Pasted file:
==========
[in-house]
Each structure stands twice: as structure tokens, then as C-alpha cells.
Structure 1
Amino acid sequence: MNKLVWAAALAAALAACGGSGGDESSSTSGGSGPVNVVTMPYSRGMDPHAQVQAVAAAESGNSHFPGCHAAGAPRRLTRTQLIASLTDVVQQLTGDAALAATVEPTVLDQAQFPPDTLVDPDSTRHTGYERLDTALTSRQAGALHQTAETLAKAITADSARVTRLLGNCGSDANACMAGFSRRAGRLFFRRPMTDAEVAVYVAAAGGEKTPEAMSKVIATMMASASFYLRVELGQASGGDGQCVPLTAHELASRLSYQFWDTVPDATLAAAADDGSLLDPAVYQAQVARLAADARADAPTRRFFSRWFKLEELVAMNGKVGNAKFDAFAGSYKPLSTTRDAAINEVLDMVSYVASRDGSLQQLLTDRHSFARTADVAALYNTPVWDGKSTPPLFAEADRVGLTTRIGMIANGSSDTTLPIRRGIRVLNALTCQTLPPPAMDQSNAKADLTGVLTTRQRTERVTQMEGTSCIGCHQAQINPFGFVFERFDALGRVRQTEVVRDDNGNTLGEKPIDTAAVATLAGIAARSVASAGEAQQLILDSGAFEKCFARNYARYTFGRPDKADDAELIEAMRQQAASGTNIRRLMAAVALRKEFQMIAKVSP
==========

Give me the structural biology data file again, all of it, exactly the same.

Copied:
[in-house]
Each structure stands twice: as structure tokens, then as C-alpha cells.
Structure 1
Amino acid sequence: MNKLVWAAALAAALAACGGSGGDESSSTSGGSGPVNVVTMPYSRGMDPHAQVQAVAAAESGNSHFPGCHAAGAPRRLTRTQLIASLTDVVQQLTGDAALAATVEPTVLDQAQFPPDTLVDPDSTRHTGYERLDTALTSRQAGALHQTAETLAKAITADSARVTRLLGNCGSDANACMAGFSRRAGRLFFRRPMTDAEVAVYVAAAGGEKTPEAMSKVIATMMASASFYLRVELGQASGGDGQCVPLTAHELASRLSYQFWDTVPDATLAAAADDGSLLDPAVYQAQVARLAADARADAPTRRFFSRWFKLEELVAMNGKVGNAKFDAFAGSYKPLSTTRDAAINEVLDMVSYVASRDGSLQQLLTDRHSFARTADVAALYNTPVWDGKSTPPLFAEADRVGLTTRIGMIANGSSDTTLPIRRGIRVLNALTCQTLPPPAMDQSNAKADLTGVLTTRQRTERVTQMEGTSCIGCHQAQINPFGFVFERFDALGRVRQTEVVRDDNGNTLGEKPIDTAAVATLAGIAARSVASAGEAQQLILDSGAFEKCFARNYARYTFGRPDKADDAELIEAMRQQAASGTNIRRLMAAVALRKEFQMIAKVSP